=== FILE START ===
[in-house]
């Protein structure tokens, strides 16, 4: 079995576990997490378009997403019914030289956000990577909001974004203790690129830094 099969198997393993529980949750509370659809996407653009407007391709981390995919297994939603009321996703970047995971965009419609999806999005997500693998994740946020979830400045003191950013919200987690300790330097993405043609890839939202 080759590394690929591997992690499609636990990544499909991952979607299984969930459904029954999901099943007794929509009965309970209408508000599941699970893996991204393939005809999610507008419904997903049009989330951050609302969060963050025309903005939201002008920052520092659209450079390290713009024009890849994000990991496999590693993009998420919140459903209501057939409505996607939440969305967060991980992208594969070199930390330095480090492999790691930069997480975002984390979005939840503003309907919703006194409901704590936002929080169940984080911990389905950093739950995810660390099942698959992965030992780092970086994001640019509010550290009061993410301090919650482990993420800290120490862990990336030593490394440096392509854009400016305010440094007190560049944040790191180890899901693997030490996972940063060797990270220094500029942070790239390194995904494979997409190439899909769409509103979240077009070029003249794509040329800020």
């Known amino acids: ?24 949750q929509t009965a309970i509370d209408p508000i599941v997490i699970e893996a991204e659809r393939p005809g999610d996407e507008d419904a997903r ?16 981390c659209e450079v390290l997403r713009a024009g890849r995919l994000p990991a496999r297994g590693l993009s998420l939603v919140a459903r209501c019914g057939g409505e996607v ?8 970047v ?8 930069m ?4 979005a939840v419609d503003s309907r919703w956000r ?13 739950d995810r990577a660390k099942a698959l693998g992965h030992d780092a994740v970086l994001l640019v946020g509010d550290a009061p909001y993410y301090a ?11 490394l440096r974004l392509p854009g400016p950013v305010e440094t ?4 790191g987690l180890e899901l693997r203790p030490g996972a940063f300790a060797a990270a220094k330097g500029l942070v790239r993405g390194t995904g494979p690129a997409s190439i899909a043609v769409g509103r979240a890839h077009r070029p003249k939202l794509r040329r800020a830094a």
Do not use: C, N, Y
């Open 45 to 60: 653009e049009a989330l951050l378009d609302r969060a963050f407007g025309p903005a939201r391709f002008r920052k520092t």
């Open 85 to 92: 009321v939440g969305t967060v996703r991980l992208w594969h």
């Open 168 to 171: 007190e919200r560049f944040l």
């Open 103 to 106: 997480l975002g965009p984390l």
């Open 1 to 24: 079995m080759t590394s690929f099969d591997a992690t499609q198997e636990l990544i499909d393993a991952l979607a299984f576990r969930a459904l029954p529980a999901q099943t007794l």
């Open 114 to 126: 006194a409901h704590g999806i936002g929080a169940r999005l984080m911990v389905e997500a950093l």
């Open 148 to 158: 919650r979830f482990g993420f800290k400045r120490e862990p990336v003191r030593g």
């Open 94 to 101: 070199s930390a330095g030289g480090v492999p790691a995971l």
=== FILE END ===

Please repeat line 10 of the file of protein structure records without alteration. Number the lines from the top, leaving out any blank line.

């Open 114 to 126: 006194a409901h704590g999806i936002g929080a169940r999005l984080m911990v389905e997500a950093l």